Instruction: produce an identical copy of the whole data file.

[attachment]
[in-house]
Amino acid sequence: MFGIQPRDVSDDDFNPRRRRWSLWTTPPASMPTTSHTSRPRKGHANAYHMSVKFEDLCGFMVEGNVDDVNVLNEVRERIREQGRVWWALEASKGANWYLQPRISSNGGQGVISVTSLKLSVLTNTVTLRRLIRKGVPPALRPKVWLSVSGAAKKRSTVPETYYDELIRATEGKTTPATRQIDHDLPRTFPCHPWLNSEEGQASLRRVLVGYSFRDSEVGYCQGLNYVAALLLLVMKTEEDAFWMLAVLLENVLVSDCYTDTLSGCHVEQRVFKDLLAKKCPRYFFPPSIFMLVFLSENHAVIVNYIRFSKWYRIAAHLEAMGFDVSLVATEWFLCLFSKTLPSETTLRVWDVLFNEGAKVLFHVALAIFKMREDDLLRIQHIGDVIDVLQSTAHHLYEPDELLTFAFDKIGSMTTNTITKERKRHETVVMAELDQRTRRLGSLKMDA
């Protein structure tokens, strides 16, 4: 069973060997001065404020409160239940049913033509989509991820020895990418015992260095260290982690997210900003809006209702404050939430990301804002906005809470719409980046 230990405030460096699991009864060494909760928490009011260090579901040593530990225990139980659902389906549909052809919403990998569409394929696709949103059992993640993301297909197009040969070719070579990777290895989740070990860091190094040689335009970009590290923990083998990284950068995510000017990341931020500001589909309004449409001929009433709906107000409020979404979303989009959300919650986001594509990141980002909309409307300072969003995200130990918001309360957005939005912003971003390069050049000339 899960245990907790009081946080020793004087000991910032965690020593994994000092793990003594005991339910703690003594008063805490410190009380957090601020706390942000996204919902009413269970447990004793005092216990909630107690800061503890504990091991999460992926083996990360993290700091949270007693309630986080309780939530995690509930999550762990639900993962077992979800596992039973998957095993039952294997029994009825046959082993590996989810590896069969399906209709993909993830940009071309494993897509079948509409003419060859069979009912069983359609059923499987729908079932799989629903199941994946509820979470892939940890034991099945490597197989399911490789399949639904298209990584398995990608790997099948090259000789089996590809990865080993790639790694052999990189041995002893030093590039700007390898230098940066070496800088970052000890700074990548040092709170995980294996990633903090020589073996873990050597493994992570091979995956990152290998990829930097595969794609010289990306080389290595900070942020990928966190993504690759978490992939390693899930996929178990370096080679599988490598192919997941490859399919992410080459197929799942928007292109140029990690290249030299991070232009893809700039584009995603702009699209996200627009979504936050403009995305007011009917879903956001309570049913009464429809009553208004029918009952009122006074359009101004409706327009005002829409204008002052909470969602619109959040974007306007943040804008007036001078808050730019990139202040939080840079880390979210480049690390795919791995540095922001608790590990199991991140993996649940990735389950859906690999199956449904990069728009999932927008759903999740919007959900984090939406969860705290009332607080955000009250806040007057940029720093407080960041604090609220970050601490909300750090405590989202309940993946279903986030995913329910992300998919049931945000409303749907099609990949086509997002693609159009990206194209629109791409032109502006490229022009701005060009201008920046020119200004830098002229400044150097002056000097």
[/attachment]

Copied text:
[in-house]
Amino acid sequence: MFGIQPRDVSDDDFNPRRRRWSLWTTPPASMPTTSHTSRPRKGHANAYHMSVKFEDLCGFMVEGNVDDVNVLNEVRERIREQGRVWWALEASKGANWYLQPRISSNGGQGVISVTSLKLSVLTNTVTLRRLIRKGVPPALRPKVWLSVSGAAKKRSTVPETYYDELIRATEGKTTPATRQIDHDLPRTFPCHPWLNSEEGQASLRRVLVGYSFRDSEVGYCQGLNYVAALLLLVMKTEEDAFWMLAVLLENVLVSDCYTDTLSGCHVEQRVFKDLLAKKCPRYFFPPSIFMLVFLSENHAVIVNYIRFSKWYRIAAHLEAMGFDVSLVATEWFLCLFSKTLPSETTLRVWDVLFNEGAKVLFHVALAIFKMREDDLLRIQHIGDVIDVLQSTAHHLYEPDELLTFAFDKIGSMTTNTITKERKRHETVVMAELDQRTRRLGSLKMDA
């Protein structure tokens, strides 16, 4: 069973060997001065404020409160239940049913033509989509991820020895990418015992260095260290982690997210900003809006209702404050939430990301804002906005809470719409980046 230990405030460096699991009864060494909760928490009011260090579901040593530990225990139980659902389906549909052809919403990998569409394929696709949103059992993640993301297909197009040969070719070579990777290895989740070990860091190094040689335009970009590290923990083998990284950068995510000017990341931020500001589909309004449409001929009433709906107000409020979404979303989009959300919650986001594509990141980002909309409307300072969003995200130990918001309360957005939005912003971003390069050049000339 899960245990907790009081946080020793004087000991910032965690020593994994000092793990003594005991339910703690003594008063805490410190009380957090601020706390942000996204919902009413269970447990004793005092216990909630107690800061503890504990091991999460992926083996990360993290700091949270007693309630986080309780939530995690509930999550762990639900993962077992979800596992039973998957095993039952294997029994009825046959082993590996989810590896069969399906209709993909993830940009071309494993897509079948509409003419060859069979009912069983359609059923499987729908079932799989629903199941994946509820979470892939940890034991099945490597197989399911490789399949639904298209990584398995990608790997099948090259000789089996590809990865080993790639790694052999990189041995002893030093590039700007390898230098940066070496800088970052000890700074990548040092709170995980294996990633903090020589073996873990050597493994992570091979995956990152290998990829930097595969794609010289990306080389290595900070942020990928966190993504690759978490992939390693899930996929178990370096080679599988490598192919997941490859399919992410080459197929799942928007292109140029990690290249030299991070232009893809700039584009995603702009699209996200627009979504936050403009995305007011009917879903956001309570049913009464429809009553208004029918009952009122006074359009101004409706327009005002829409204008002052909470969602619109959040974007306007943040804008007036001078808050730019990139202040939080840079880390979210480049690390795919791995540095922001608790590990199991991140993996649940990735389950859906690999199956449904990069728009999932927008759903999740919007959900984090939406969860705290009332607080955000009250806040007057940029720093407080960041604090609220970050601490909300750090405590989202309940993946279903986030995913329910992300998919049931945000409303749907099609990949086509997002693609159009990206194209629109791409032109502006490229022009701005060009201008920046020119200004830098002229400044150097002056000097």